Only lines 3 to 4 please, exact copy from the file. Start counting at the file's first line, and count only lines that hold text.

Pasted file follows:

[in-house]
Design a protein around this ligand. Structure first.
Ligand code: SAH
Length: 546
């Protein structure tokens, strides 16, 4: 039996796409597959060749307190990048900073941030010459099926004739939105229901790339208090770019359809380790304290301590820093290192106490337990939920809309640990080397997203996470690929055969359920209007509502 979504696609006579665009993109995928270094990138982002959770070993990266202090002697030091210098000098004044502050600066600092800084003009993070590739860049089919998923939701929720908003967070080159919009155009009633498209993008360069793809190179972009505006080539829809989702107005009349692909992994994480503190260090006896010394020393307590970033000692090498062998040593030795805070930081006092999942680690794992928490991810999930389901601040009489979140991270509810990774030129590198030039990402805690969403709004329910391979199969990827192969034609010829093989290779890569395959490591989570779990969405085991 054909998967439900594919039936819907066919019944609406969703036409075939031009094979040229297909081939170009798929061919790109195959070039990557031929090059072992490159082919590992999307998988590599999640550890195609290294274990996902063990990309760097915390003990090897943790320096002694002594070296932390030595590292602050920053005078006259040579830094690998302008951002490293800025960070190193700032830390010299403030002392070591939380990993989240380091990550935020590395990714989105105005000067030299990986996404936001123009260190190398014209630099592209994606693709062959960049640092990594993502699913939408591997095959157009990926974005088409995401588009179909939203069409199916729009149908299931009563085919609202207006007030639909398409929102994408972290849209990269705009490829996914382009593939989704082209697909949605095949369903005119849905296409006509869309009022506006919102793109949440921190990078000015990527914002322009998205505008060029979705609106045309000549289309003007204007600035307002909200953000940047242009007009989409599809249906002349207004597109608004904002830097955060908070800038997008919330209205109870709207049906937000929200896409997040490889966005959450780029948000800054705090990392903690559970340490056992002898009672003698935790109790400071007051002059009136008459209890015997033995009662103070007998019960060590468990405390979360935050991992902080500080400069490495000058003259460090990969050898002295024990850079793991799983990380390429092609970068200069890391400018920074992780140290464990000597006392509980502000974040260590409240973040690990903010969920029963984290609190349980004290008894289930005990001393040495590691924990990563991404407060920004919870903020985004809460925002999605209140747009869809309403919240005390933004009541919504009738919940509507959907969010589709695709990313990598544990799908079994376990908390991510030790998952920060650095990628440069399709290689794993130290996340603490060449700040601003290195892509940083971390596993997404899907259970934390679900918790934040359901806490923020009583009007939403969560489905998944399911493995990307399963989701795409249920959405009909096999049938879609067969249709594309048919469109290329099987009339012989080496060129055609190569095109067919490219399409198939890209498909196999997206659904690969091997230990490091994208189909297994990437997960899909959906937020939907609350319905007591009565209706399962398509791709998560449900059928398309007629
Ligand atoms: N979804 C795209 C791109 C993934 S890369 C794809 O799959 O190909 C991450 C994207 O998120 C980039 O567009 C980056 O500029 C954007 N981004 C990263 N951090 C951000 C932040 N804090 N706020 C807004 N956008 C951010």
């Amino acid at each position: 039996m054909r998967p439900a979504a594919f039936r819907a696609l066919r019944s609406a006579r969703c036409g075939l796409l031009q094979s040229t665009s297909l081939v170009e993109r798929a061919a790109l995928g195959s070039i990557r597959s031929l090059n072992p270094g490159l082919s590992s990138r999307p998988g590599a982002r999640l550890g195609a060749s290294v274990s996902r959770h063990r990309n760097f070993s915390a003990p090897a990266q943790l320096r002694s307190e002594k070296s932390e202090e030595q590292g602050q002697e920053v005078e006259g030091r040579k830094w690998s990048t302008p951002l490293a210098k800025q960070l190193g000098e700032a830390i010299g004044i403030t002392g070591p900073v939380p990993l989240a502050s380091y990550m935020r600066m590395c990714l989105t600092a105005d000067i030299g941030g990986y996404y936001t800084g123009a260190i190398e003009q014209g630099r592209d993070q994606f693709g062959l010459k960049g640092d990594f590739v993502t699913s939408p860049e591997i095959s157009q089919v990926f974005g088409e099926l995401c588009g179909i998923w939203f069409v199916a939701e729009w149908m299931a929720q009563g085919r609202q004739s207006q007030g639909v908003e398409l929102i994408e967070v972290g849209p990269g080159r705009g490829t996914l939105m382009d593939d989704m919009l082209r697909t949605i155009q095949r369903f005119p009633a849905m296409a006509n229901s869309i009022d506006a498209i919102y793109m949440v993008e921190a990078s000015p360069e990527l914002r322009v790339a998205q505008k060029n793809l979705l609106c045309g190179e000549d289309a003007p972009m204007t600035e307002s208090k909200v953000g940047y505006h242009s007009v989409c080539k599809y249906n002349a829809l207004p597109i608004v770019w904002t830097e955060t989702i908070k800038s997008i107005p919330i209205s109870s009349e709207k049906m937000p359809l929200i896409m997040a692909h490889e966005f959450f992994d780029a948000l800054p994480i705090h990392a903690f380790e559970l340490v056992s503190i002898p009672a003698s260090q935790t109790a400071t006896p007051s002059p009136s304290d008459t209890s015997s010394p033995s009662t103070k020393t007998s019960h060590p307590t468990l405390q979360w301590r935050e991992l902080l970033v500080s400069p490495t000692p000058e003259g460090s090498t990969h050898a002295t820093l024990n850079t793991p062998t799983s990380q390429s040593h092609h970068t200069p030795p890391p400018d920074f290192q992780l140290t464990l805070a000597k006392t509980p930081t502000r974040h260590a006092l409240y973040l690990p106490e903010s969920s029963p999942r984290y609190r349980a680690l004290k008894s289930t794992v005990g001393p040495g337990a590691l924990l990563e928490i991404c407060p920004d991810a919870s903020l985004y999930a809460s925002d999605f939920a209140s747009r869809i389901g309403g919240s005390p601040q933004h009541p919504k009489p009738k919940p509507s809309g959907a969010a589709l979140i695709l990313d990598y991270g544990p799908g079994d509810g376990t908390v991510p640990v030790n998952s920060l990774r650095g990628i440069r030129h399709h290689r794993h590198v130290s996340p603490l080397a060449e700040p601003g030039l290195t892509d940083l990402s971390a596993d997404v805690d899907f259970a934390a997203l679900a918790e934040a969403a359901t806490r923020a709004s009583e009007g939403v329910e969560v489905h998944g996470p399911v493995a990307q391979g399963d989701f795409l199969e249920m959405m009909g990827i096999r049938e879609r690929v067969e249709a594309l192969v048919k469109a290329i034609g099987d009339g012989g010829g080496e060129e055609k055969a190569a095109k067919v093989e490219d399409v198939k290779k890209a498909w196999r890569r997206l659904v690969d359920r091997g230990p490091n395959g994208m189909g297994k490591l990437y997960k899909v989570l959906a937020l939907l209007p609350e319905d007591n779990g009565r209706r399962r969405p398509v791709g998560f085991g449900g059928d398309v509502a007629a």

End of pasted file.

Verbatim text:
Ligand code: SAH
Length: 546